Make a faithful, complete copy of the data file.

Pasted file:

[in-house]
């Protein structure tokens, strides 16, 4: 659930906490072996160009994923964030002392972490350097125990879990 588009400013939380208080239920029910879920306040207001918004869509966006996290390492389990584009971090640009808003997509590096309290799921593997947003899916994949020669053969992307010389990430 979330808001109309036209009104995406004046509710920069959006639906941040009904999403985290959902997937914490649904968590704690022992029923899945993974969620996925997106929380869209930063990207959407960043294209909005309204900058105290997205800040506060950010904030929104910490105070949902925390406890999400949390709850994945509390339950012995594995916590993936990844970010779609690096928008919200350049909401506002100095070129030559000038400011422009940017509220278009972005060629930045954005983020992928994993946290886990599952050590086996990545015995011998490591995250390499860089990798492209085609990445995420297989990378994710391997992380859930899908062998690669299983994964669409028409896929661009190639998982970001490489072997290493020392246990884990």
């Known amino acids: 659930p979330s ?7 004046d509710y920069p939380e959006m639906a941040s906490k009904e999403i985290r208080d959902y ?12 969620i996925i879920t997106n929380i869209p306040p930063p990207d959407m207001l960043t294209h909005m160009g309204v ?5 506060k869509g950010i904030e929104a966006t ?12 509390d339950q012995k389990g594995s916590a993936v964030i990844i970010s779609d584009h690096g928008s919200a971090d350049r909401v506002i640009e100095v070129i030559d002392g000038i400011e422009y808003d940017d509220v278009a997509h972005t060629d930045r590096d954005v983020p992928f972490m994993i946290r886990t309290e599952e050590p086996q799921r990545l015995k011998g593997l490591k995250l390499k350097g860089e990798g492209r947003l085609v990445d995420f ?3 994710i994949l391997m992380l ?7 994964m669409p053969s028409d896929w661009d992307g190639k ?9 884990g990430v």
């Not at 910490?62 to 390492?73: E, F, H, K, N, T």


[in-house]
């Protein structure tokens, strides 16, 4: 659930906490072996160009994923964030002392972490350097125990879990 588009400013939380208080239920029910879920306040207001918004869509966006996290390492389990584009971090640009808003997509590096309290799921593997947003899916994949020669053969992307010389990430 979330808001109309036209009104995406004046509710920069959006639906941040009904999403985290959902997937914490649904968590704690022992029923899945993974969620996925997106929380869209930063990207959407960043294209909005309204900058105290997205800040506060950010904030929104910490105070949902925390406890999400949390709850994945509390339950012995594995916590993936990844970010779609690096928008919200350049909401506002100095070129030559000038400011422009940017509220278009972005060629930045954005983020992928994993946290886990599952050590086996990545015995011998490591995250390499860089990798492209085609990445995420297989990378994710391997992380859930899908062998690669299983994964669409028409896929661009190639998982970001490489072997290493020392246990884990």
């Known amino acids: 659930p979330s ?7 004046d509710y920069p939380e959006m639906a941040s906490k009904e999403i985290r208080d959902y ?12 969620i996925i879920t997106n929380i869209p306040p930063p990207d959407m207001l960043t294209h909005m160009g309204v ?5 506060k869509g950010i904030e929104a966006t ?12 509390d339950q012995k389990g594995s916590a993936v964030i990844i970010s779609d584009h690096g928008s919200a971090d350049r909401v506002i640009e100095v070129i030559d002392g000038i400011e422009y808003d940017d509220v278009a997509h972005t060629d930045r590096d954005v983020p992928f972490m994993i946290r886990t309290e599952e050590p086996q799921r990545l015995k011998g593997l490591k995250l390499k350097g860089e990798g492209r947003l085609v990445d995420f ?3 994710i994949l391997m992380l ?7 994964m669409p053969s028409d896929w661009d992307g190639k ?9 884990g990430v």
């Not at 910490?62 to 390492?73: E, F, H, K, N, T």